Congratulations to the winner of the UKSC blog’s essay competition, Edward Granger!

Edward’s essay on why AXA General Insurance Ltd & Others v Lord Advocate & Others (Scotland) [2011] UKSC 46 is the most important Supreme Court case to date will be posted on the blog along with the essays from our two runners-up, Jack Torbet and Jamie Dunne, over the next week.

Thanks for all your entries – the blog team were overwhelmed with the quantity and quality of this year’s entries. Who knew that essays on the UK Supreme Court could touch on subjects as wide-ranging as empty teacups, Chinese pandas and Banthas (we admit, we had to look the last one up, and found a wealth of useful information here).

We were also delighted to see such originality in some of the entries. Particular mention goes to Ashley Halvorsen for this drawing representing the restrictions to the Supreme Court’s independence:


And we leave you with an extract from Sanjeev Kumar’s Socratic-style dialogue on the independence of the Supreme Court, featuring the characters Miss Judiciary, Sir Executive and Mr. Legislature:

Sir Executive: Miss Judiciary, it is often said, the UK Supreme Court is not independent.

Miss Judiciary: In which way?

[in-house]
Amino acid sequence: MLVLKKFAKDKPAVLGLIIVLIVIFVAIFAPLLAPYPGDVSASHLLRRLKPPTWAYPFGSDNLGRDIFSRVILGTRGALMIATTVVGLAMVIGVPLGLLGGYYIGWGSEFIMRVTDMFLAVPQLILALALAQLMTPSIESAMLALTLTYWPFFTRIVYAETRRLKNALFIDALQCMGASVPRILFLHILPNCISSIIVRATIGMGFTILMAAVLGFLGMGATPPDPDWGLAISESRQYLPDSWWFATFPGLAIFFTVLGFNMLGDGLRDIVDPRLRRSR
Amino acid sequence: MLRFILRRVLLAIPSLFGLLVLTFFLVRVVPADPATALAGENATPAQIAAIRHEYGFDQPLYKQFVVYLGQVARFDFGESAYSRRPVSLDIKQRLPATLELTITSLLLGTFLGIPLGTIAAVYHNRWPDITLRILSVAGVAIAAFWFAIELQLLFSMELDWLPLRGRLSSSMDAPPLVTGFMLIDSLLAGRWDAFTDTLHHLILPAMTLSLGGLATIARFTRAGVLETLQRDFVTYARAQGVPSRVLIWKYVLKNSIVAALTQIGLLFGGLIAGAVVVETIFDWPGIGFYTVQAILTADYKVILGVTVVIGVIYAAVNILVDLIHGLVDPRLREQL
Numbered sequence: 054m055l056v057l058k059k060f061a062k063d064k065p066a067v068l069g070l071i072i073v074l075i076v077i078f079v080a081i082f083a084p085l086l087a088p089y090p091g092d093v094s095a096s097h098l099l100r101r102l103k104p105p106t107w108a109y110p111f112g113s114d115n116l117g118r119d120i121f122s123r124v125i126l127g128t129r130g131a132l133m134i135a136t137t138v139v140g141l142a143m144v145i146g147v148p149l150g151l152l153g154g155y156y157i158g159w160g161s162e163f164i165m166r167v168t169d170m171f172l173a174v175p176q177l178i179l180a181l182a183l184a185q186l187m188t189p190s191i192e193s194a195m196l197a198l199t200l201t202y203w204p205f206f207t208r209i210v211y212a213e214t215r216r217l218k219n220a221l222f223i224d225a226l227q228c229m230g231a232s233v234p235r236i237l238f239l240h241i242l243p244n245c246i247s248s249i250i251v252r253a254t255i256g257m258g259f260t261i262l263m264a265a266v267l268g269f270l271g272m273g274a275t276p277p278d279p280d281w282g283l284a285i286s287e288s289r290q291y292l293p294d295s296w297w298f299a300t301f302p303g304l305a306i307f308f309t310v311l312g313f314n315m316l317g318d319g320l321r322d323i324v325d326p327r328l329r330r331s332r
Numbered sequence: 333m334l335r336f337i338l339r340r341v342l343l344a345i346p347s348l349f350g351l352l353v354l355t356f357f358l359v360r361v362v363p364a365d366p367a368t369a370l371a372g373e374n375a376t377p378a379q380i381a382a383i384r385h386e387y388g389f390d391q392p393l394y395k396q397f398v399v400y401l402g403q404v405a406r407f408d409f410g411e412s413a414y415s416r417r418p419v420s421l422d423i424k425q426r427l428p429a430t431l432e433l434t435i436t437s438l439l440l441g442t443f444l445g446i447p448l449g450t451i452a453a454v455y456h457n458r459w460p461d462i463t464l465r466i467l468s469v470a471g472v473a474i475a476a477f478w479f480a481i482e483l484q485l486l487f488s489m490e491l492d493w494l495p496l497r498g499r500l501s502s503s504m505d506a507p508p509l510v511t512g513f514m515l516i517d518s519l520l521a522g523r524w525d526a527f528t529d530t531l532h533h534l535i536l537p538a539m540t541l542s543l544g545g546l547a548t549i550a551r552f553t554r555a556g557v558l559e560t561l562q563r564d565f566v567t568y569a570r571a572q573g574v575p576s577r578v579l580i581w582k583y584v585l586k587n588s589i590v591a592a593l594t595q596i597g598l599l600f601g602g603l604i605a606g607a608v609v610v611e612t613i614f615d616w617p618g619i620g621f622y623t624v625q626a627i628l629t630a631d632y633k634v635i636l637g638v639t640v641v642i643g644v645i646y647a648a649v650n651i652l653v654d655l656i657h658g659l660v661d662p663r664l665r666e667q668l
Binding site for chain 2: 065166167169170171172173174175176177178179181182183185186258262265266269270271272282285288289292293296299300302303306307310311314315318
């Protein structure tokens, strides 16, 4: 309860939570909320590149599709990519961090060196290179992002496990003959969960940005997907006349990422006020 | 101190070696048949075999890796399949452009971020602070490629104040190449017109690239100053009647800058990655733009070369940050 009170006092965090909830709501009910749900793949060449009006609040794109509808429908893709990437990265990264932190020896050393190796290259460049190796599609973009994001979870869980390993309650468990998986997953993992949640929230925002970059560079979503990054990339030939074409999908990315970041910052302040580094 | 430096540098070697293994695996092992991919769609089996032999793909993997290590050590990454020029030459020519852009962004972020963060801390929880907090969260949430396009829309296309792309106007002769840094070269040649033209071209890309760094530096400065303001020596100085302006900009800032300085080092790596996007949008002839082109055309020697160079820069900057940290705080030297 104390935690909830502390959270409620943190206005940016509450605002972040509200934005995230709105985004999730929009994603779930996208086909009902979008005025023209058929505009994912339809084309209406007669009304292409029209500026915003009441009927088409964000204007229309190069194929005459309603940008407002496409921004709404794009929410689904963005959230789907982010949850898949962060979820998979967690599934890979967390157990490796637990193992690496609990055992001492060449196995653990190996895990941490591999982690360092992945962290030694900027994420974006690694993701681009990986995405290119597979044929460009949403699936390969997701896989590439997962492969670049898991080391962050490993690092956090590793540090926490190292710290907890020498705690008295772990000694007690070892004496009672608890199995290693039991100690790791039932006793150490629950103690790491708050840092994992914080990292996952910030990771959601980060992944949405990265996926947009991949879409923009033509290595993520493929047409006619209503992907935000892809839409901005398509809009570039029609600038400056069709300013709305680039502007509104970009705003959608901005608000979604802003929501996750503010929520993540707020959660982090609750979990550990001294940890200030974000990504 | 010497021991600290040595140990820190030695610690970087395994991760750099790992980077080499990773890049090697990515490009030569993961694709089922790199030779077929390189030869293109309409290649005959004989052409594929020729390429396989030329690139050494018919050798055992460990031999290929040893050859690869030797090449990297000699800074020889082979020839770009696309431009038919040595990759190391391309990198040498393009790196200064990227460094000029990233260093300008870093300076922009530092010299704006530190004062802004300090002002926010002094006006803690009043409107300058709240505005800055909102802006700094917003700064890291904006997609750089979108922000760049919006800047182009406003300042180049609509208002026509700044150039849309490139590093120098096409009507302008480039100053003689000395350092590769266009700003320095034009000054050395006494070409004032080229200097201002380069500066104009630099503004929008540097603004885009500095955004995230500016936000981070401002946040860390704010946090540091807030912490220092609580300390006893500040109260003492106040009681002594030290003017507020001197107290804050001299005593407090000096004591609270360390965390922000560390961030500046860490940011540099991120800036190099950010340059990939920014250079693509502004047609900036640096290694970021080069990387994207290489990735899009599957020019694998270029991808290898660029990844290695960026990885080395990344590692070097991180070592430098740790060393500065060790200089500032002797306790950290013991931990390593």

Sir Executive: Oh, you know, backstreet dealing, cash-for-judgments, that kind of thing.

Miss Judiciary: That’s a perfect description, I must say: for members of Parliament.

Mr. Legislature: Hey, I’m a member of Parliament, and I’ll have you know I only take cash-for-questions where the sum offered exceeds £3,000, thank you very much. I only take cash-for-questions now and then. Not all the time though. That makes it okay.

Miss Judiciary turns towards Sir Executive.

Miss Judiciary: Where are we now?

Sir Executive: InWestminster.

Miss Judiciary: But, where inWestminster?

Sir Executive: Inside theUK Supreme Court.

Miss Judiciary: Correct! We, Justices of the Peace, have our own area where we uphold the law. We are no longer bound to Parliament.

Sir Executive: Oh. The difference is one of separation. To fool the common folk you see. I can peep through the windows of the Houses of Parliament and see the Supreme Court. It doesn’t make the Supreme Court any more independent.

Miss Judiciary: Well, apart from the cosmetic change, I think you will find it does.

Sir Executive: How so?

Mr. Legislature: Yeah, miss, how does it affect it?

Sir Executive: Remember, Mr. Legislature your not here to ask questions but only to passively pass laws. Don’t forget it.

Mr. Legislature dramatically looks away; his disgust visible for all to see.